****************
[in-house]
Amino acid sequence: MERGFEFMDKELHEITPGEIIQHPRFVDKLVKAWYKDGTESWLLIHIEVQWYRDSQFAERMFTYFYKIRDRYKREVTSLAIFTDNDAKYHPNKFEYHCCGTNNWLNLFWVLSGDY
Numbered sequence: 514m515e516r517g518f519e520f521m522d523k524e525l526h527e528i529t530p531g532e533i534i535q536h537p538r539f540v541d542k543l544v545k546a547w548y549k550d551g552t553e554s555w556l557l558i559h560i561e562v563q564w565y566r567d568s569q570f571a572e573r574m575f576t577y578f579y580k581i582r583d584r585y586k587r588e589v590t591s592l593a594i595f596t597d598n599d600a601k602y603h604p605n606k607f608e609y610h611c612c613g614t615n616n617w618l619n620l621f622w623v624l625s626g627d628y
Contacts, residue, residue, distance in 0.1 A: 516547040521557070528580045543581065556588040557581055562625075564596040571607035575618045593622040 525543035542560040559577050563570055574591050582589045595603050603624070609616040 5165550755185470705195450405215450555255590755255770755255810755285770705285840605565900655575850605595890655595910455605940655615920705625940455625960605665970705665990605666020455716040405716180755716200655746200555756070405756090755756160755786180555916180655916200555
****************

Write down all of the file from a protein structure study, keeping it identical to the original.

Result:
[in-house]
Amino acid sequence: MERGFEFMDKELHEITPGEIIQHPRFVDKLVKAWYKDGTESWLLIHIEVQWYRDSQFAERMFTYFYKIRDRYKREVTSLAIFTDNDAKYHPNKFEYHCCGTNNWLNLFWVLSGDY
Numbered sequence: 514m515e516r517g518f519e520f521m522d523k524e525l526h527e528i529t530p531g532e533i534i535q536h537p538r539f540v541d542k543l544v545k546a547w548y549k550d551g552t553e554s555w556l557l558i559h560i561e562v563q564w565y566r567d568s569q570f571a572e573r574m575f576t577y578f579y580k581i582r583d584r585y586k587r588e589v590t591s592l593a594i595f596t597d598n599d600a601k602y603h604p605n606k607f608e609y610h611c612c613g614t615n616n617w618l619n620l621f622w623v624l625s626g627d628y
Contacts, residue, residue, distance in 0.1 A: 516547040521557070528580045543581065556588040557581055562625075564596040571607035575618045593622040 525543035542560040559577050563570055574591050582589045595603050603624070609616040 5165550755185470705195450405215450555255590755255770755255810755285770705285840605565900655575850605595890655595910455605940655615920705625940455625960605665970705665990605666020455716040405716180755716200655746200555756070405756090755756160755786180555916180655916200555